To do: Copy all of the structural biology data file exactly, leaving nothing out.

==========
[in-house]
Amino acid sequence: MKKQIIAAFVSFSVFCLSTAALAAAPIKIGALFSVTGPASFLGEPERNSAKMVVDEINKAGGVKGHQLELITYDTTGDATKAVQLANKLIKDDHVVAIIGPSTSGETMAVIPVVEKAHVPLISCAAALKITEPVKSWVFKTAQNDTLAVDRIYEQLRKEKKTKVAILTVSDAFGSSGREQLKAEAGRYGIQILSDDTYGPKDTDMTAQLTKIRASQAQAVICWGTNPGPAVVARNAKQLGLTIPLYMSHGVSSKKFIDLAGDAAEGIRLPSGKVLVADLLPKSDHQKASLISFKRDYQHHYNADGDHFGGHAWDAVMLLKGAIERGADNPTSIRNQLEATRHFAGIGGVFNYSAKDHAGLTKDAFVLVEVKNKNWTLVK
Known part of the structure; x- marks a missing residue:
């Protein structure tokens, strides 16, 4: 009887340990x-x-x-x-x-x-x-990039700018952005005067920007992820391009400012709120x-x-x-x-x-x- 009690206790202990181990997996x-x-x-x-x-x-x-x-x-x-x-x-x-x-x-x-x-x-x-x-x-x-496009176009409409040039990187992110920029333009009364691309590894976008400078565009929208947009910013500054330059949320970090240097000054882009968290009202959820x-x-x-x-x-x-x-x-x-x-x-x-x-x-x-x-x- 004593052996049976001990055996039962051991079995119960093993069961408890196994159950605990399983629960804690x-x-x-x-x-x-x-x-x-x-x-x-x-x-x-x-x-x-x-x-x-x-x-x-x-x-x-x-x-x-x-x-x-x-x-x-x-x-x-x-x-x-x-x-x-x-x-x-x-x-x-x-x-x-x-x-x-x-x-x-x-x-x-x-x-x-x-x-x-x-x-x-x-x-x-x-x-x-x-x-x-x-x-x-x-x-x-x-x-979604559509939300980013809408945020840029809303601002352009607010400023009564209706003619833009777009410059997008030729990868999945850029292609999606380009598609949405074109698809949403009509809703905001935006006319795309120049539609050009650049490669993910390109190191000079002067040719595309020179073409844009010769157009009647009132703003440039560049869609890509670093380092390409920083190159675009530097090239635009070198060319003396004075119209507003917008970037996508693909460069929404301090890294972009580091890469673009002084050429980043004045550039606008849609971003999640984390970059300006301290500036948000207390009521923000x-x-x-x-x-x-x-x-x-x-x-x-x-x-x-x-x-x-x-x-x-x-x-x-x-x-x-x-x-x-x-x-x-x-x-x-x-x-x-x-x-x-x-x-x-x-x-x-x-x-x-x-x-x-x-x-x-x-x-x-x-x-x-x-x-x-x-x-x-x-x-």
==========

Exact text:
[in-house]
Amino acid sequence: MKKQIIAAFVSFSVFCLSTAALAAAPIKIGALFSVTGPASFLGEPERNSAKMVVDEINKAGGVKGHQLELITYDTTGDATKAVQLANKLIKDDHVVAIIGPSTSGETMAVIPVVEKAHVPLISCAAALKITEPVKSWVFKTAQNDTLAVDRIYEQLRKEKKTKVAILTVSDAFGSSGREQLKAEAGRYGIQILSDDTYGPKDTDMTAQLTKIRASQAQAVICWGTNPGPAVVARNAKQLGLTIPLYMSHGVSSKKFIDLAGDAAEGIRLPSGKVLVADLLPKSDHQKASLISFKRDYQHHYNADGDHFGGHAWDAVMLLKGAIERGADNPTSIRNQLEATRHFAGIGGVFNYSAKDHAGLTKDAFVLVEVKNKNWTLVK
Known part of the structure; x- marks a missing residue:
């Protein structure tokens, strides 16, 4: 009887340990x-x-x-x-x-x-x-990039700018952005005067920007992820391009400012709120x-x-x-x-x-x- 009690206790202990181990997996x-x-x-x-x-x-x-x-x-x-x-x-x-x-x-x-x-x-x-x-x-x-496009176009409409040039990187992110920029333009009364691309590894976008400078565009929208947009910013500054330059949320970090240097000054882009968290009202959820x-x-x-x-x-x-x-x-x-x-x-x-x-x-x-x-x- 004593052996049976001990055996039962051991079995119960093993069961408890196994159950605990399983629960804690x-x-x-x-x-x-x-x-x-x-x-x-x-x-x-x-x-x-x-x-x-x-x-x-x-x-x-x-x-x-x-x-x-x-x-x-x-x-x-x-x-x-x-x-x-x-x-x-x-x-x-x-x-x-x-x-x-x-x-x-x-x-x-x-x-x-x-x-x-x-x-x-x-x-x-x-x-x-x-x-x-x-x-x-x-x-x-x-x-979604559509939300980013809408945020840029809303601002352009607010400023009564209706003619833009777009410059997008030729990868999945850029292609999606380009598609949405074109698809949403009509809703905001935006006319795309120049539609050009650049490669993910390109190191000079002067040719595309020179073409844009010769157009009647009132703003440039560049869609890509670093380092390409920083190159675009530097090239635009070198060319003396004075119209507003917008970037996508693909460069929404301090890294972009580091890469673009002084050429980043004045550039606008849609971003999640984390970059300006301290500036948000207390009521923000x-x-x-x-x-x-x-x-x-x-x-x-x-x-x-x-x-x-x-x-x-x-x-x-x-x-x-x-x-x-x-x-x-x-x-x-x-x-x-x-x-x-x-x-x-x-x-x-x-x-x-x-x-x-x-x-x-x-x-x-x-x-x-x-x-x-x-x-x-x-x-």